Monday, January 11, 2010


Bush's Texas buddy & NCLB hustler Kress on Duncan's Race To The Top
"They're using the carrot - we used the stick," chuckled Sandy Kress, who negotiated No Child Left Behind with Congress on behalf of the Bush White House. "I'm rooting for them." (SF Gate)
Me: According to the Texas Observer, "Kress has been teaching businesses to turn a profit helping schools meet the mandates of No Child Left Behind. In the process, he’s made about $4 million in lobbying contracts, in large part from companies that profit from provisions of the law he helped to design." Enough said.

L.A. has more than 160 charter schools, far more than any other U.S. city

"The union's position on charters has evolved over time," said UTLA Vice President Gregg Solkovits. "I think that the best way to describe our position now is, it's not so much a question of charter or no charter but is it the best school for all students, including special education students, including English language learners?" (L.A. Times Special Report)
To charter--a verb

Ted Kolderie
was one of the early charter school pioneers. But his vision of charter schools appears to be at odds with semi-religious charter advocates who swear they are a panacea.
‘To charter’ is a verb; chartering is a platform on which teachers and others create schools. A chartered school is not a kind of school; at least not in terms of its approach to learning. (Eduwonk)

Me: Charters were originally created by teachers. Pretty rare these days, Ted. How come?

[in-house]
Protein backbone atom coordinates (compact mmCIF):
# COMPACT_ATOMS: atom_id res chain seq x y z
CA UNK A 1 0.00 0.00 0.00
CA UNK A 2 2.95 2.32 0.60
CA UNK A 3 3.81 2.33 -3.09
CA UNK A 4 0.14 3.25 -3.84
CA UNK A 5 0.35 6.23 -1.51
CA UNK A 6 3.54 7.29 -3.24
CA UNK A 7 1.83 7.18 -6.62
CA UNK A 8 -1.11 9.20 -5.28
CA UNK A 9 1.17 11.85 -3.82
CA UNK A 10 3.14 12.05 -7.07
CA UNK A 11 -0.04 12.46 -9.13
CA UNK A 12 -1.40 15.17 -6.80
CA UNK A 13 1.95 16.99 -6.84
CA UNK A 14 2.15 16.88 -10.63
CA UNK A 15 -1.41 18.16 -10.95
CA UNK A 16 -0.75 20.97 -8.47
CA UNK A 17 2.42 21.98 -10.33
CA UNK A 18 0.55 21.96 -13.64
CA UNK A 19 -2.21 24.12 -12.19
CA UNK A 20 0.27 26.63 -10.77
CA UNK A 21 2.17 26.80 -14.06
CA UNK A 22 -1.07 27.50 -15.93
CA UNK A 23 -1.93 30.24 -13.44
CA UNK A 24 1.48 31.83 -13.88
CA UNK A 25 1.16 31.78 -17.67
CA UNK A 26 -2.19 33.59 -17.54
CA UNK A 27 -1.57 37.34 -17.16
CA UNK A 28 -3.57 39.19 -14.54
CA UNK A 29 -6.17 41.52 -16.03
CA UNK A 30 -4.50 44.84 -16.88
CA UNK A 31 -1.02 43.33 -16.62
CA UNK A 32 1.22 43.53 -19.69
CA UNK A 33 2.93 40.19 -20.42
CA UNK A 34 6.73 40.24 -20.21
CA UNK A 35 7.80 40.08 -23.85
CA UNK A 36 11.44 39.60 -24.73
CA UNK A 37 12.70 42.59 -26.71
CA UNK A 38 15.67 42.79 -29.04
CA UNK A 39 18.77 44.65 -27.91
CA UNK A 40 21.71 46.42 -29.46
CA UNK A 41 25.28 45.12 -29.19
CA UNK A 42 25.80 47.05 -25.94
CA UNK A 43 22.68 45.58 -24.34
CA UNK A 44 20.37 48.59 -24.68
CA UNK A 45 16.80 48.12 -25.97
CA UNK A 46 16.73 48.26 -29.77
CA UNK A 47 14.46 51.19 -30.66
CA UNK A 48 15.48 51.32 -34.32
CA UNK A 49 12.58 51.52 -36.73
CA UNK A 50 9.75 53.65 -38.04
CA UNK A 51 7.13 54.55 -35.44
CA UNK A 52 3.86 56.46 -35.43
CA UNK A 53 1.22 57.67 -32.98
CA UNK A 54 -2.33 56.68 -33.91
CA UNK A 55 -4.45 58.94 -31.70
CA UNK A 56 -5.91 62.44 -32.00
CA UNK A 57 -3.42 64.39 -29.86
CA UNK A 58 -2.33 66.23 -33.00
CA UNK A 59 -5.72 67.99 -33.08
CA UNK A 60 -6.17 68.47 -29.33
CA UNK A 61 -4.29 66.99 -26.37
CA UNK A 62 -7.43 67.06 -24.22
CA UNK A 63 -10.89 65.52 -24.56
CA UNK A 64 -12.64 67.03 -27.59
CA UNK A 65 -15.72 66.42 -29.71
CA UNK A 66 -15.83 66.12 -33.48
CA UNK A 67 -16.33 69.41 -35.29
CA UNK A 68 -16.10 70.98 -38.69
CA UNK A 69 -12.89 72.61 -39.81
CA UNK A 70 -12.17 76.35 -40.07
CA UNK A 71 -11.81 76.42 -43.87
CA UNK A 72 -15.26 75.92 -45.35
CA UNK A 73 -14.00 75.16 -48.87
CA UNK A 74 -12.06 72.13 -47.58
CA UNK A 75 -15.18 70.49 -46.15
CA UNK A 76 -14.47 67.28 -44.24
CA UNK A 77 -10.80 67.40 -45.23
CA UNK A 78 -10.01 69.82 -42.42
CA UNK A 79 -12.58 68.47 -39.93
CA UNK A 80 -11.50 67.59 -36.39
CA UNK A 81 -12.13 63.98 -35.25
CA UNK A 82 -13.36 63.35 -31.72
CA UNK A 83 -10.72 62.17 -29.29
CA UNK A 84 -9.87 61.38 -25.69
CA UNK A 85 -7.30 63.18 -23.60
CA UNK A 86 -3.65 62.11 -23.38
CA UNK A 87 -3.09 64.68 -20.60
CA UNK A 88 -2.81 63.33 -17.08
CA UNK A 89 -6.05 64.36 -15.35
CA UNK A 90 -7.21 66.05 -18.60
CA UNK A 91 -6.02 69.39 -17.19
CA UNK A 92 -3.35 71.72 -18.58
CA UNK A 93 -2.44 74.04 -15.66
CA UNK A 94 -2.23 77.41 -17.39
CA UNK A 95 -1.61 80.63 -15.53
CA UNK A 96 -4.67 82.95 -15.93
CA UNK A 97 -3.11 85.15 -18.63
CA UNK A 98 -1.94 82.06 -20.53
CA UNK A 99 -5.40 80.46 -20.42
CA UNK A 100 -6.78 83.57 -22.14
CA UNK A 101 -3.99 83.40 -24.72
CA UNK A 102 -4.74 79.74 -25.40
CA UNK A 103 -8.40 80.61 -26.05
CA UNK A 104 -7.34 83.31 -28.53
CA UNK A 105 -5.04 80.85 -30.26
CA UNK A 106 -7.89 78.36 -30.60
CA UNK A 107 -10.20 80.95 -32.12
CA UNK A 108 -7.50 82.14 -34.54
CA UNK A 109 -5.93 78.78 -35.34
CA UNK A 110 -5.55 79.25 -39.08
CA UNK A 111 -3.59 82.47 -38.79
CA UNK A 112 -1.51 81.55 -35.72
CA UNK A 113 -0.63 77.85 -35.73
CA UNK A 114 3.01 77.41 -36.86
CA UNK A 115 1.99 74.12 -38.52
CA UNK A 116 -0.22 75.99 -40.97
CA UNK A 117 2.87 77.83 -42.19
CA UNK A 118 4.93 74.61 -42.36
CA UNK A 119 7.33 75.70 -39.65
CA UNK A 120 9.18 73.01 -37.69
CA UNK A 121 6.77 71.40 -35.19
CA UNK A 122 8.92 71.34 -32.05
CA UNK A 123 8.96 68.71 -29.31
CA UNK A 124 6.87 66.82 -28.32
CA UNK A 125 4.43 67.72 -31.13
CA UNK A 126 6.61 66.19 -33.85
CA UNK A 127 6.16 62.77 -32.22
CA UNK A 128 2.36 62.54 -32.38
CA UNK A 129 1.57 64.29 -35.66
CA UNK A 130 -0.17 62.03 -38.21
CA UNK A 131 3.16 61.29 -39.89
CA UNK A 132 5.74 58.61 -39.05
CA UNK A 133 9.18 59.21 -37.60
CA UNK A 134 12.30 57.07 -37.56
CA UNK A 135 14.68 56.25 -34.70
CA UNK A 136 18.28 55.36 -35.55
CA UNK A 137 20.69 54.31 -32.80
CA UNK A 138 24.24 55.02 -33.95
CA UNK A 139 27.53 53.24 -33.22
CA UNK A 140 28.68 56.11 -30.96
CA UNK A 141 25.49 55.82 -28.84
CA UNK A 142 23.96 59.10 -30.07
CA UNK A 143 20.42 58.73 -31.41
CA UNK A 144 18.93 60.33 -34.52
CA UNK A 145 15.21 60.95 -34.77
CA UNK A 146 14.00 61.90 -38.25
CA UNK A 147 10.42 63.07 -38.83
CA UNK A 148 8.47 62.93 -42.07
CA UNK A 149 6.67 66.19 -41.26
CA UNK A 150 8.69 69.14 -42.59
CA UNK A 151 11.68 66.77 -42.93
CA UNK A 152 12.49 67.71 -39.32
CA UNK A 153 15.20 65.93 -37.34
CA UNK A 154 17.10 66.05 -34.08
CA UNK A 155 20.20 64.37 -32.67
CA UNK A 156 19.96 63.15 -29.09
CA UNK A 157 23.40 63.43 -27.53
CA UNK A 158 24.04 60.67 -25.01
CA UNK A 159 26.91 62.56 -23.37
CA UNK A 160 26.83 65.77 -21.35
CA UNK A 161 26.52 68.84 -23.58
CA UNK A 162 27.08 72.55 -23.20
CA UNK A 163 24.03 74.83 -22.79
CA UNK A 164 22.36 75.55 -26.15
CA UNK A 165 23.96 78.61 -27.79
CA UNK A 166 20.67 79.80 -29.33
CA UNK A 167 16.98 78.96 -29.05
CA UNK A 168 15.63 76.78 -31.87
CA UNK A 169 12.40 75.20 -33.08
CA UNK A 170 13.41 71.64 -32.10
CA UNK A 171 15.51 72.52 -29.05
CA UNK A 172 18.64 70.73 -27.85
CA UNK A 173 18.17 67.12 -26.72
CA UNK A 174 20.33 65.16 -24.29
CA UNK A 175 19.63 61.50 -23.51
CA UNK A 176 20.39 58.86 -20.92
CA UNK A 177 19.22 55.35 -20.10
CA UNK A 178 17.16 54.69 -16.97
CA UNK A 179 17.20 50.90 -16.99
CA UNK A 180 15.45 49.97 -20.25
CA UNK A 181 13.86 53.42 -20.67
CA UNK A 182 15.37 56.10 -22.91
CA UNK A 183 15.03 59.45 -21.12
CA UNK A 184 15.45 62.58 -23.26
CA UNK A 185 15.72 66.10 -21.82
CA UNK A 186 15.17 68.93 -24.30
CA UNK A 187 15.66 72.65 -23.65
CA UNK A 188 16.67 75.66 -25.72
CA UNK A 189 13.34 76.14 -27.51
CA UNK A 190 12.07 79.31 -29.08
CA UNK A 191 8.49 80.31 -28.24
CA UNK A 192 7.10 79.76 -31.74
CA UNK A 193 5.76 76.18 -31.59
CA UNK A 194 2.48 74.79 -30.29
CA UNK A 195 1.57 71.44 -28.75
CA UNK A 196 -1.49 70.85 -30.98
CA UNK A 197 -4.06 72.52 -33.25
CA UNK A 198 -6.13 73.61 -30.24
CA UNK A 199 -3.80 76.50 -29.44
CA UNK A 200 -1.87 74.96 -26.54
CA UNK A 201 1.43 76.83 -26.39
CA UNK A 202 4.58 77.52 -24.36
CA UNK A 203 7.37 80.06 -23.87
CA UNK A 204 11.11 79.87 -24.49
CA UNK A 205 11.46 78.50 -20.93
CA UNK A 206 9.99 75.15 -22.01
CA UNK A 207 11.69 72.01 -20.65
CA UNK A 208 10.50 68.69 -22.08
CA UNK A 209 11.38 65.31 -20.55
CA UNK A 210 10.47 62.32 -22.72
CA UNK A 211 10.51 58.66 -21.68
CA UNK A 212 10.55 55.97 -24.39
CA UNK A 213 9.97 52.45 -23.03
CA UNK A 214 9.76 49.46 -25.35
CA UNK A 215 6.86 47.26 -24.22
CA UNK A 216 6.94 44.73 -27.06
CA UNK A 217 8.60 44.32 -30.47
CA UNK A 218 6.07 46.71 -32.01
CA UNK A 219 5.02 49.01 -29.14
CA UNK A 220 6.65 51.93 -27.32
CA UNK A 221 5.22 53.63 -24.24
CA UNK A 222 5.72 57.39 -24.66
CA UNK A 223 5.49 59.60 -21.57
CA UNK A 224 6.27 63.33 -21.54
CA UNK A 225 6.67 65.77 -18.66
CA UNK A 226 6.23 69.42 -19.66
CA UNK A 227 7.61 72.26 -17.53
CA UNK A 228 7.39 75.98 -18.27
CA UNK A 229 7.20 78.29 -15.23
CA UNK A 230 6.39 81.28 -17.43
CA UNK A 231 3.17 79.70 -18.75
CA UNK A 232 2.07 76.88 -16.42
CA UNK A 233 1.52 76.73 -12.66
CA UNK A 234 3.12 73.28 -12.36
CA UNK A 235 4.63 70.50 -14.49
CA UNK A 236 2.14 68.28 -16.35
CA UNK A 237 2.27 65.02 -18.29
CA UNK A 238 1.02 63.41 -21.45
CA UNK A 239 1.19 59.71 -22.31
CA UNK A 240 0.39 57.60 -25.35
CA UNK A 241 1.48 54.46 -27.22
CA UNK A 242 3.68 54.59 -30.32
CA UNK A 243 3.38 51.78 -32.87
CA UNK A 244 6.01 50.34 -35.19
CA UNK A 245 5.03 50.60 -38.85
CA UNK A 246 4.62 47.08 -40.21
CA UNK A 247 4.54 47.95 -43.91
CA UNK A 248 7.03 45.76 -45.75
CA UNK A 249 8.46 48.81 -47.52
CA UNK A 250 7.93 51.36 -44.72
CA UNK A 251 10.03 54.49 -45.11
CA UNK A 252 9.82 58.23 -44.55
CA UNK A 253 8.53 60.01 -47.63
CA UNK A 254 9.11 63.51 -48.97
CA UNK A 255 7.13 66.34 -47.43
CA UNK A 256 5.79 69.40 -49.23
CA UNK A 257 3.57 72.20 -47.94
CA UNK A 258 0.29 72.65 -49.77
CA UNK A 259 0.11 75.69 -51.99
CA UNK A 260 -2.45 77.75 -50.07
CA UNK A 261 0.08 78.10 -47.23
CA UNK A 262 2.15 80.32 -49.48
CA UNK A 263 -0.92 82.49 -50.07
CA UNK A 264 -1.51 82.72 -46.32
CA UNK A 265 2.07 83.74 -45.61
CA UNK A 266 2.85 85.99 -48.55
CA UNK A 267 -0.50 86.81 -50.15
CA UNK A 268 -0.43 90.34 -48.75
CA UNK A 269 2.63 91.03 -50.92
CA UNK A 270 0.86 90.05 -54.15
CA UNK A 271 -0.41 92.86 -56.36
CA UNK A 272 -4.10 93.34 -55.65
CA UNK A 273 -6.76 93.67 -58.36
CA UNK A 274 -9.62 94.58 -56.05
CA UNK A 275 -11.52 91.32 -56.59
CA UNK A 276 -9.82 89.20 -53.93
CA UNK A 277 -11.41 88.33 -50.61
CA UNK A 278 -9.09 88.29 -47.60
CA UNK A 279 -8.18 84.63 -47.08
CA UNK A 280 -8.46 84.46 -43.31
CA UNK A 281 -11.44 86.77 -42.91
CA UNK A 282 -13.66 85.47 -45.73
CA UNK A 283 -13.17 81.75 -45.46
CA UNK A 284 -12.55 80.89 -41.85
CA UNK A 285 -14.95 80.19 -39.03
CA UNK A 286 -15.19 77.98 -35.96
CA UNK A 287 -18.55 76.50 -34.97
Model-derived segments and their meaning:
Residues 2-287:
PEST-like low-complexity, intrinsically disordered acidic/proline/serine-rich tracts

1 comment:

  1. Schools not only started by but actually run by teachers -- schools organized as professional partnerships -- have somehow escaped most all education research. Quite a number of such partnerships do exist, however, and do operate successfully.(They're identified, described and explained on

    Very serious people from the teacher unions are now visiting these schools; thinking about this model. It is possible that if teachers can control what matters for school and student success, teachers will accept responsibility for school and student success.

    And, yes, I do continue to try to explain that no
    intellectually-respectable discussion about student performance is possible without knowing what the school has its students reading, seeing, hearing and doing. A charter is a kind of
    'license' to start a school. To say a school is 'chartered' tells us nothing about what its students read, see, hear and do.


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